CBS is the most conservative of the networks that broadcast the NFL, and such ethos served it well on Sunday. Recent pregame shows by Fox and NBC at times have bludgeoned viewers with a wave of celebrity-infused Seacrestization nonsense. On Sunday, CBS kept the focus on storytelling, and its pacing during the four-hour pregame was strong. Last year NBC delivered too much cross-promotional nonsense and too frequent cuts to celebrity interviews. That was absent this year and CBS deserves credit for that.

The network started out well with an emphasis on access -- Esiason and Sharpe reported from inside the Ravens locker room shortly after 2 p.m. ET; Marino and Cowher did the same with the Niners. While some media writers decried Esiason and Sharpe walking the streets of New Orleans handing out Pizza Hut pizzas to people willing to yell "hut, hut, hut," I found the commercial excess so ridiculous that I was amused by it.

Much better was CBS' use of current players Larry Fitzgerald, Clay Matthews, Charles Tillman and Russell Wilson as one-day analysts. All were poised, thoughtful and likely have a career somewhere in broadcasting should they work at it. Fitzgerald was particularly good.

There were some notable features on the telecast but none better than the pieces on Colts coach Chuck Pagano (produced by Charlie Bloom) and O.J. Brigance (produced by Deb Gelman). They worked because CBS allowed each of the subjects to tell the story rather than insert a reporter on-camera to push the narrative. CBS got Pagano's wife, Tina, and daughters Tara, Taylor and Tori, to narrate his piece, and it was powerful stuff on the journey of a family fighting cancer. Brigance has been profiled deeper and better by ESPN, but his story of perseverance never gets old. CBS predictably showed Ray Lewis' pregame speech (which was warranted) but it was interesting how intense a reaction it provoked out of Esiason. "If I am the 49ers, I am sick and tired of Ray Lewis," Esiason said. "This is not the Ray Lewis Super Bowl."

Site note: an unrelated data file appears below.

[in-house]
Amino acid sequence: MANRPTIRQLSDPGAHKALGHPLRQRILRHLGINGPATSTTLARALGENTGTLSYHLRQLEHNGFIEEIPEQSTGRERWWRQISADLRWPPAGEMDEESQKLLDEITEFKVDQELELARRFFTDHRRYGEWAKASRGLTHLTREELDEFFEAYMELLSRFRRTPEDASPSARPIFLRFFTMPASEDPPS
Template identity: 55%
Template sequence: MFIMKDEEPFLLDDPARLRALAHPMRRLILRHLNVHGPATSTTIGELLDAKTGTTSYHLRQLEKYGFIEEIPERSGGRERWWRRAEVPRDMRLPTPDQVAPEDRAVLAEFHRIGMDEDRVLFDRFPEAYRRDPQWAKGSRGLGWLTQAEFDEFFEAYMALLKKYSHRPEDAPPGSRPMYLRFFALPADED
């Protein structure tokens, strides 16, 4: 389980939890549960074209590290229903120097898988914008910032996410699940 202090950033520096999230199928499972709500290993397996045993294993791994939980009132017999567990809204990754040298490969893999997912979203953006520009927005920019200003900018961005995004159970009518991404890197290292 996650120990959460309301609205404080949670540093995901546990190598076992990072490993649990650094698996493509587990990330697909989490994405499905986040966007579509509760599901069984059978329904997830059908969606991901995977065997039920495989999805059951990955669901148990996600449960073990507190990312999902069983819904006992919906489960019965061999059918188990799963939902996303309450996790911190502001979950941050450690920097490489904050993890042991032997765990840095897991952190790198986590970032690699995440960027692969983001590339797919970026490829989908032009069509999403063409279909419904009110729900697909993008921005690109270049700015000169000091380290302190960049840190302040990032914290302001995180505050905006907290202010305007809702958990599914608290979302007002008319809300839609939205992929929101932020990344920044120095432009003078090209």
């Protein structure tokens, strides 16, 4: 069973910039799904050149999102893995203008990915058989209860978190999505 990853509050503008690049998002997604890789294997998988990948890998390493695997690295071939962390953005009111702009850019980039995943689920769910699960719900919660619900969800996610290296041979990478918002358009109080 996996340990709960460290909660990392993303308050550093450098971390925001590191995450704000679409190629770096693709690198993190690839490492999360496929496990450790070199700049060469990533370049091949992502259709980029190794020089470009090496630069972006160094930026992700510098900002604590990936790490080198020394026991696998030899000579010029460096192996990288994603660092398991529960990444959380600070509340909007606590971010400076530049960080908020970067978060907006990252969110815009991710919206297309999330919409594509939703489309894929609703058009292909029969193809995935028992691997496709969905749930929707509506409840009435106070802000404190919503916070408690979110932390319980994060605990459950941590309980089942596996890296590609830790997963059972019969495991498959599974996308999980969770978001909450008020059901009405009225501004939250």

What didn't work? CBS, seduced like most networks by a mini-football field on an outdoor set, missed badly with those segments because its talent was too often drowned out by the crowd. Better to let Tilman or Wilson explain inside the stadium what makes the Baltimore defense so stout or why the Niners read-option is so tough to defend.

Sharpe's interview with former teammate Lewis was mostly a love-fest. He did ask about "the incident" in 2000, but it wasn't a direct question and couched ultra-safely by asking Lewis what he wanted to say to the victim's family. (Then, back on set, Sharpe delivered a hilarious line about his own interview. Quoth the former Raven: "Steven Spielberg doesn't write scripts like this in Hollywood.")